Father Maurice Praught during a mass celebrated in Charlottetown in May 2022.
The priest spent a lot of time alone with this boy. He took her to restaurants, to the movies, and sometimes on trips outside the province. It was during one of these trips that he gave the boy alcohol and made sexual gestures.
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Sexual exploitation continued for years, including after the 18th birthday of the young man.
The victim read a statement in court in which he explained that he had problems with excessive alcohol consumption and experienced mental health problems as an adult. He has been diagnosed with post-traumatic stress disorder and has difficulty maintaining good relationships.
The Crown and defense recommended jointly sentenced to five years in prison.
According to the Crown, this recommendation takes into account the consequences on the victim and the community, as well as the breach of trust committed by the priest and the fact that the sexual exploitation took place over a long period of time.< /p>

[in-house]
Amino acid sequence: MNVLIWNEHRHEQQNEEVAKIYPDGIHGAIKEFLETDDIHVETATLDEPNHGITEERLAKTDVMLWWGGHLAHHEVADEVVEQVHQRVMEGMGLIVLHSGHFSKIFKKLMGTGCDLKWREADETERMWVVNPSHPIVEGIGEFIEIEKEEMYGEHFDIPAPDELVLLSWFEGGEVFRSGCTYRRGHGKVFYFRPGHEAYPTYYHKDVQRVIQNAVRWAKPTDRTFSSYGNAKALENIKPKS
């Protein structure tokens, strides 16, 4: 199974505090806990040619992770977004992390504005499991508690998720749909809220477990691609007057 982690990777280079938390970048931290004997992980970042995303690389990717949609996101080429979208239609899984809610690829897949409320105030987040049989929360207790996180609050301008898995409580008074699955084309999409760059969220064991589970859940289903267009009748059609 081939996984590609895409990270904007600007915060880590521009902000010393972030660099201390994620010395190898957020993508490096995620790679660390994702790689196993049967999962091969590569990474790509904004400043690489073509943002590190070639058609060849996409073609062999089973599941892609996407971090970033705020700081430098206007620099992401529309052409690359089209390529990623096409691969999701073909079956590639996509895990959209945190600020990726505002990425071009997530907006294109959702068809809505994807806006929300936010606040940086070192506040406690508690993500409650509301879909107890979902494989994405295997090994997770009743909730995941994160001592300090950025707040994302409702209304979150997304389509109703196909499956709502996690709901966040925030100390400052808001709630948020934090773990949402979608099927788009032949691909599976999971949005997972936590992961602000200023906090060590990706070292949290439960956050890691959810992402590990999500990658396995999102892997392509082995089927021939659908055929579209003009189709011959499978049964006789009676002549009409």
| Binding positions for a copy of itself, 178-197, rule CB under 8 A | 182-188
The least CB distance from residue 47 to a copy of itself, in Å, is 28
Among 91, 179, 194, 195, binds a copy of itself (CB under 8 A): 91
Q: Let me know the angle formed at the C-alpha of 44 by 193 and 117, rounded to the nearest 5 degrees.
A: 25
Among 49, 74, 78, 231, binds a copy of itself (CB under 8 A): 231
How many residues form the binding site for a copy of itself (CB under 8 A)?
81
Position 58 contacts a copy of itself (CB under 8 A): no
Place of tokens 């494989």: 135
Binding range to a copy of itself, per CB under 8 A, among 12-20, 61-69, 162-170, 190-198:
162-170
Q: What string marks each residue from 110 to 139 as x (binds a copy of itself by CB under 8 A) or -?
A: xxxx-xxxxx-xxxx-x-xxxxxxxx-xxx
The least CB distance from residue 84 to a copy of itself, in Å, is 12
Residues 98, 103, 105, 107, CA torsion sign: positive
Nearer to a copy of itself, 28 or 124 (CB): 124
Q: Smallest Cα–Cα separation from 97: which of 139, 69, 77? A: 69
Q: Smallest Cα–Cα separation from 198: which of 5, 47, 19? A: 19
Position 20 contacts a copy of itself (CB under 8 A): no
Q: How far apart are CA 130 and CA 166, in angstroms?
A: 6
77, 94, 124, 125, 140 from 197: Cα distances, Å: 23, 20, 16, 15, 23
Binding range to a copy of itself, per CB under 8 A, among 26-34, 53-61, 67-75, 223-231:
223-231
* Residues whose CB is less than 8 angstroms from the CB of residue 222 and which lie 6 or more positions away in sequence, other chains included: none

According to the defense, the fact that Maurice Joseph Praught admitted his guilt proves that he feels remorse and that he wanted to prevent his victim from living again his trauma during a trial.
The Diocese of Charlottetown issued an apology shortly after the conviction of Maurice Joseph Praught.
Judge Gregory Cann addressed the victim. I hope that one day, in one way or another, you will know that it is not your fault and that you will find peace in this way,” he said. he declared.
The judge also requires the ex-priest to have no contact with his victim. Additionally, Maurice Joseph Praught is listed on the National Sex Offender Registry for 10 years.
The Diocese of Charlottetown issued a written apology shortly after the judge handed down the sentence to Maurice Joseph Praught.
I sincerely apologize to the victim and his family for the abuse, pain and harm perpetrated by Father Praught, and I offer my most sincere apologies for the failures of the Church, says Bishop Joseph Dabrowski, quoted in this statement.
I promise to do everything in my power to maintain our protective vigilance for children and vulnerable adults and to provide compassion and raising awareness among victims who are survivors of abuse, he adds.
The bishop emphasizes that his diocese has a policy in this area since 1992.
Based on a report byBrittany Spencer andDevon Goodsell, ofCBC